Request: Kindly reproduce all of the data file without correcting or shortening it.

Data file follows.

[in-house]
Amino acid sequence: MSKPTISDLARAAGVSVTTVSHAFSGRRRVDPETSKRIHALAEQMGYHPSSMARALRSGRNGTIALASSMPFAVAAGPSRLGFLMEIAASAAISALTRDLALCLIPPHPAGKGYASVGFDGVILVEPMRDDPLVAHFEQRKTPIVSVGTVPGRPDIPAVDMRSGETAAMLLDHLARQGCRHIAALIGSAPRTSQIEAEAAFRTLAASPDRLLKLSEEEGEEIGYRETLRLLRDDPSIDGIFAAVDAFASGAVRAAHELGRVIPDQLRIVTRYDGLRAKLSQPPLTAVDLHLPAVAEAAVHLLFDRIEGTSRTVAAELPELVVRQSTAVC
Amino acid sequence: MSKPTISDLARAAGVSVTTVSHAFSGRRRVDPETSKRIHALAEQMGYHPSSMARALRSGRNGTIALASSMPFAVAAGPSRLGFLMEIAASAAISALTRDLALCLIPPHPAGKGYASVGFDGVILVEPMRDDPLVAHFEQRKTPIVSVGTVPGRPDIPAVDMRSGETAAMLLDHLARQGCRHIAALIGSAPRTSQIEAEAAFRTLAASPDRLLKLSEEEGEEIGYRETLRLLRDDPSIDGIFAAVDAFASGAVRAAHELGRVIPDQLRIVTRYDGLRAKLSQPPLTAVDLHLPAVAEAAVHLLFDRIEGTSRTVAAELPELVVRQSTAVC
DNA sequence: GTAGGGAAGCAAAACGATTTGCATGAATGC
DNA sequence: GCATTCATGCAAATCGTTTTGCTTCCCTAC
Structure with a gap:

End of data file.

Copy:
[in-house]
Amino acid sequence: MSKPTISDLARAAGVSVTTVSHAFSGRRRVDPETSKRIHALAEQMGYHPSSMARALRSGRNGTIALASSMPFAVAAGPSRLGFLMEIAASAAISALTRDLALCLIPPHPAGKGYASVGFDGVILVEPMRDDPLVAHFEQRKTPIVSVGTVPGRPDIPAVDMRSGETAAMLLDHLARQGCRHIAALIGSAPRTSQIEAEAAFRTLAASPDRLLKLSEEEGEEIGYRETLRLLRDDPSIDGIFAAVDAFASGAVRAAHELGRVIPDQLRIVTRYDGLRAKLSQPPLTAVDLHLPAVAEAAVHLLFDRIEGTSRTVAAELPELVVRQSTAVC
Amino acid sequence: MSKPTISDLARAAGVSVTTVSHAFSGRRRVDPETSKRIHALAEQMGYHPSSMARALRSGRNGTIALASSMPFAVAAGPSRLGFLMEIAASAAISALTRDLALCLIPPHPAGKGYASVGFDGVILVEPMRDDPLVAHFEQRKTPIVSVGTVPGRPDIPAVDMRSGETAAMLLDHLARQGCRHIAALIGSAPRTSQIEAEAAFRTLAASPDRLLKLSEEEGEEIGYRETLRLLRDDPSIDGIFAAVDAFASGAVRAAHELGRVIPDQLRIVTRYDGLRAKLSQPPLTAVDLHLPAVAEAAVHLLFDRIEGTSRTVAAELPELVVRQSTAVC
DNA sequence: GTAGGGAAGCAAAACGATTTGCATGAATGC
DNA sequence: GCATTCATGCAAATCGTTTTGCTTCCCTAC
Structure with a gap: